The long-ball strategy, ‘route one’ – the perfect analogy from the beautiful game for reminding content marketers of the value of playing direct.
Lest we forget, the purpose of marketing is simple – assist in selling more stuff, widgets, services, things. Content is a means to an end in that process, but whilst content marketing proves itself over again in demand creation, it’s not the fastest way to do your marketing.
Whilst the current wisdom in B2B is to create incredible content as the silver bullet to marketing Valhalla, it should be understood with a caveat. You’ve been there - we love to tell a great story to enthrall and inspire new prospects – we whip them up, we track them down, it works; they come in droves and hit the download button. The side effects from the euphoria of fantastic content interest then follow – did our new contacts come for the story or for the substance? Are any of them actually leads? Or did they just download something shiny? The underbelly of content marketing, despite (and with acknowledgement and counter-argument abound) the benefits of early stage leads getting onto the radar, is sometimes shackled by having to wait far too long for all those content downloads to translate into actual sales.
Mega-global companies often apologise for being ‘a sales-led business’
Amongst all this clamour for content, I’ve lost count of the client conversations I’ve had with mega-global companies where they apologise for being ‘a sales-led business’. Successful selling has prevailed throughout history with only the barest content essentials in its wake. The briefcase and brochures of yesteryear carried the secrets of that precious product info - what it does, why it’s great, why you need it. Back in the day, you had to see a sales rep to learn more – today, product-specific content, offers, demos and CTAs are firmly in the marketing domain – it deserves greater air time as your best bet in converting content marketing into prospects that actually want to buy, and possibly even buy it soon.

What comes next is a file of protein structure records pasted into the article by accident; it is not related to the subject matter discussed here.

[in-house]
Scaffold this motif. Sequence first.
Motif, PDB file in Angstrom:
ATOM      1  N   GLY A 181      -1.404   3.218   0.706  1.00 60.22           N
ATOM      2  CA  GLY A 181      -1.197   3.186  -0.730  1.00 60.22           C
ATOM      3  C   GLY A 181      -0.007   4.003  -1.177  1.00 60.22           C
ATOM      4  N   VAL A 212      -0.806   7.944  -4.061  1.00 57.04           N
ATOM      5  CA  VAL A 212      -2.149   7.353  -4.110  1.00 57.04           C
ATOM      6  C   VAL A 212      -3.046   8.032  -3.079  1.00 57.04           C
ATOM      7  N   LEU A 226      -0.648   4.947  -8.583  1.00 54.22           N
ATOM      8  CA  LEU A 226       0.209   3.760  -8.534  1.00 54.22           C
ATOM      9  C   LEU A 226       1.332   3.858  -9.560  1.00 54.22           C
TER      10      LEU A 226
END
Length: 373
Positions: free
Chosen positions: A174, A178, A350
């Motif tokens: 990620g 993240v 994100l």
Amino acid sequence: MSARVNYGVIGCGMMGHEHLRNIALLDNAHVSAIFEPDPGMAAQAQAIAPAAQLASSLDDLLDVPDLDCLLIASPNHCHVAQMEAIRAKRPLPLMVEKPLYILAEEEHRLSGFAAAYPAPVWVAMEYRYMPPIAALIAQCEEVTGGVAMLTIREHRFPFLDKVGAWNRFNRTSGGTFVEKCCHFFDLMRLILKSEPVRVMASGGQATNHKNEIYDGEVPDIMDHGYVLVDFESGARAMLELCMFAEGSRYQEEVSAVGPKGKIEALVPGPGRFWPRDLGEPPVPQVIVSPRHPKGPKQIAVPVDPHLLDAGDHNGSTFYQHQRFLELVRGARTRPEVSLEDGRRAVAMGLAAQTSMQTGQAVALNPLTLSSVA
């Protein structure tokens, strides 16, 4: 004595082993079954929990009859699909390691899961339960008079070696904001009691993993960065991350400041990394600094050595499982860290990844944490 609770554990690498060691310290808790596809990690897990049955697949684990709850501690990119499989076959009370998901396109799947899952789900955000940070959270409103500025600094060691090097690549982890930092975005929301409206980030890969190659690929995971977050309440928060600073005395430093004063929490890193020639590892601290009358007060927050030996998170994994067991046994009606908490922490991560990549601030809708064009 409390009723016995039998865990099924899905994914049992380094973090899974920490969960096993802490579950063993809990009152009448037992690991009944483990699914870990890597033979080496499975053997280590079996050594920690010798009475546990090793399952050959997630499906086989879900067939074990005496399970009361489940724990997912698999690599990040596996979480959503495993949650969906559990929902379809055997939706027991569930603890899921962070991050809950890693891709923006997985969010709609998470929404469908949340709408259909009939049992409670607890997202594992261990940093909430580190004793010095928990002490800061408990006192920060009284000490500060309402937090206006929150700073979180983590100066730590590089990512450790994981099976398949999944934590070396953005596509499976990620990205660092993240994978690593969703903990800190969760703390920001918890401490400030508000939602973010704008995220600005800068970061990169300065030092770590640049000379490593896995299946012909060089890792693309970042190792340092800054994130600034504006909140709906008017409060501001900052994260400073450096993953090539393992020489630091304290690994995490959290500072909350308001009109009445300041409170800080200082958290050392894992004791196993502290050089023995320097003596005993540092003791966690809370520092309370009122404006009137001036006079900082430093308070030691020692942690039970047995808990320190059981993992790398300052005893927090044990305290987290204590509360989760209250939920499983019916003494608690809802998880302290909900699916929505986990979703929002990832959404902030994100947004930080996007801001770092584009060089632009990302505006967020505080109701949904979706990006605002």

It feels like priorities are a-changing in B2B content marketing. Total clarity on what our buyers need is still top of the list to inform great marketing. We still need content, but we need to change up the strategy for planning and the method in how its applied. Let’s go find prospects that need the detail, that want the product, that ask for the demo – isn’t that what we’re trying to sell? Let’s support our sales teams, and let’s enable those prospects who just want some straightforward answers to buying questions, without wrapping them up in a wonder of words that hide the facts.
Don’t misunderstand the message here though – it ain’t all about marketing at product level. I’m all for ‘brand’ in demand generation, for thought leadership, influencing and audience enlightenment. But, here’s to demos, to quotes, to speaking to sales, to calculators, to battlecards.
After this half-time team talk, kick off your second half with a wily striker hanging around in the penalty box ready to go – keep your product content and offers high up the pitch, bothering your opponents and a magnet for hitting the target. And if the long ball isn’t on, possession is essential – that’s when the snappy subject lines do their best work, keeping the ball alive until the opportunity opens up to hit the target.